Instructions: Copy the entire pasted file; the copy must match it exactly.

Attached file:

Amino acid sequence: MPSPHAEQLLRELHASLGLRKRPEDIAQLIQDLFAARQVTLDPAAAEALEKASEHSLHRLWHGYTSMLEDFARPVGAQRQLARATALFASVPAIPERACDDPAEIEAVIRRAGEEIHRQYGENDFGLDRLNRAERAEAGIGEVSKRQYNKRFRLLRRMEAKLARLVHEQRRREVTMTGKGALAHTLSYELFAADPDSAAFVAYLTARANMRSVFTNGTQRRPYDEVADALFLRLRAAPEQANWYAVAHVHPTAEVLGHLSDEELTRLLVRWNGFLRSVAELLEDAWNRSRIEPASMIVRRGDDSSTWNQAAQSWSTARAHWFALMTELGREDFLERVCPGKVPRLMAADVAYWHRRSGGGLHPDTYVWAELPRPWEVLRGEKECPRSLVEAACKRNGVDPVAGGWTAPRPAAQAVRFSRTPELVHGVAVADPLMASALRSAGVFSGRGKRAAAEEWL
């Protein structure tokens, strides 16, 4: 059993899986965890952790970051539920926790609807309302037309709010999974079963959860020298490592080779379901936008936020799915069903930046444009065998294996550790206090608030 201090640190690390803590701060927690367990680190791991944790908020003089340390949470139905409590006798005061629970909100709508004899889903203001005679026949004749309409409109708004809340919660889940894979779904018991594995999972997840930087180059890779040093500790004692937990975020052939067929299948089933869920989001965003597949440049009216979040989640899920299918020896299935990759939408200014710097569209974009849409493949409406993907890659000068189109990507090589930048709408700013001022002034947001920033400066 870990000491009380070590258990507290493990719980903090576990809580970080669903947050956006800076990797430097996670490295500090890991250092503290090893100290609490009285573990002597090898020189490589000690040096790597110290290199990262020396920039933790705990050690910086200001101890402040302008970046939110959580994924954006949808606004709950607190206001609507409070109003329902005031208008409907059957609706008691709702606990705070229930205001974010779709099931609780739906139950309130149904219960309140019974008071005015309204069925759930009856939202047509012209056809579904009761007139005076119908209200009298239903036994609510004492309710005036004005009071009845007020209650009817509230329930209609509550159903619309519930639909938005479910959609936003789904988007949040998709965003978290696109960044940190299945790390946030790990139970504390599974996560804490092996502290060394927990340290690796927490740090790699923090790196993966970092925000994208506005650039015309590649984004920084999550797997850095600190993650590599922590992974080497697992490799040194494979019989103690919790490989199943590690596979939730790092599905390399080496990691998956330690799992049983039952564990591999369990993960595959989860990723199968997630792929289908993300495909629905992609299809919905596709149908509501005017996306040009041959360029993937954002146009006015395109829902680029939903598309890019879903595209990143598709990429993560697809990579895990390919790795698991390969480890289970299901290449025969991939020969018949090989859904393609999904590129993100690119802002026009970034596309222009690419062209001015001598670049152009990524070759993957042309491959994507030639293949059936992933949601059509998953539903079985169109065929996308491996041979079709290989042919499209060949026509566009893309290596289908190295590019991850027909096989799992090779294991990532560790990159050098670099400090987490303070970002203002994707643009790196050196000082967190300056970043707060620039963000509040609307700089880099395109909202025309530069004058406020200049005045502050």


Amino acid sequence: MPSPHAEQLLRELHASLGLRKRPEDIAQLIQDLFAARQVTLDPAAAEALEKASEHSLHRLWHGYTSMLEDFARPVGAQRQLARATALFASVPAIPERACDDPAEIEAVIRRAGEEIHRQYGENDFGLDRLNRAERAEAGIGEVSKRQYNKRFRLLRRMEAKLARLVHEQRRREVTMTGKGALAHTLSYELFAADPDSAAFVAYLTARANMRSVFTNGTQRRPYDEVADALFLRLRAAPEQANWYAVAHVHPTAEVLGHLSDEELTRLLVRWNGFLRSVAELLEDAWNRSRIEPASMIVRRGDDSSTWNQAAQSWSTARAHWFALMTELGREDFLERVCPGKVPRLMAADVAYWHRRSGGGLHPDTYVWAELPRPWEVLRGEKECPRSLVEAACKRNGVDPVAGGWTAPRPAAQAVRFSRTPELVHGVAVADPLMASALRSAGVFSGRGKRAAAEEWL
């Protein structure tokens, strides 16, 4: 059993899986965890952790970051539920926790609807309302037309709010999974079963959860020298490592080779379901936008936020799915069903930046444009065998294996550790206090608030 201090640190690390803590701060927690367990680190791991944790908020003089340390949470139905409590006798005061629970909100709508004899889903203001005679026949004749309409409109708004809340919660889940894979779904018991594995999972997840930087180059890779040093500790004692937990975020052939067929299948089933869920989001965003597949440049009216979040989640899920299918020896299935990759939408200014710097569209974009849409493949409406993907890659000068189109990507090589930048709408700013001022002034947001920033400066 870990000491009380070590258990507290493990719980903090576990809580970080669903947050956006800076990797430097996670490295500090890991250092503290090893100290609490009285573990002597090898020189490589000690040096790597110290290199990262020396920039933790705990050690910086200001101890402040302008970046939110959580994924954006949808606004709950607190206001609507409070109003329902005031208008409907059957609706008691709702606990705070229930205001974010779709099931609780739906139950309130149904219960309140019974008071005015309204069925759930009856939202047509012209056809579904009761007139005076119908209200009298239903036994609510004492309710005036004005009071009845007020209650009817509230329930209609509550159903619309519930639909938005479910959609936003789904988007949040998709965003978290696109960044940190299945790390946030790990139970504390599974996560804490092996502290060394927990340290690796927490740090790699923090790196993966970092925000994208506005650039015309590649984004920084999550797997850095600190993650590599922590992974080497697992490799040194494979019989103690919790490989199943590690596979939730790092599905390399080496990691998956330690799992049983039952564990591999369990993960595959989860990723199968997630792929289908993300495909629905992609299809919905596709149908509501005017996306040009041959360029993937954002146009006015395109829902680029939903598309890019879903595209990143598709990429993560697809990579895990390919790795698991390969480890289970299901290449025969991939020969018949090989859904393609999904590129993100690119802002026009970034596309222009690419062209001015001598670049152009990524070759993957042309491959994507030639293949059936992933949601059509998953539903079985169109065929996308491996041979079709290989042919499209060949026509566009893309290596289908190295590019991850027909096989799992090779294991990532560790990159050098670099400090987490303070970002203002994707643009790196050196000082967190300056970043707060620039963000509040609307700089880099395109909202025309530069004058406020200049005045502050």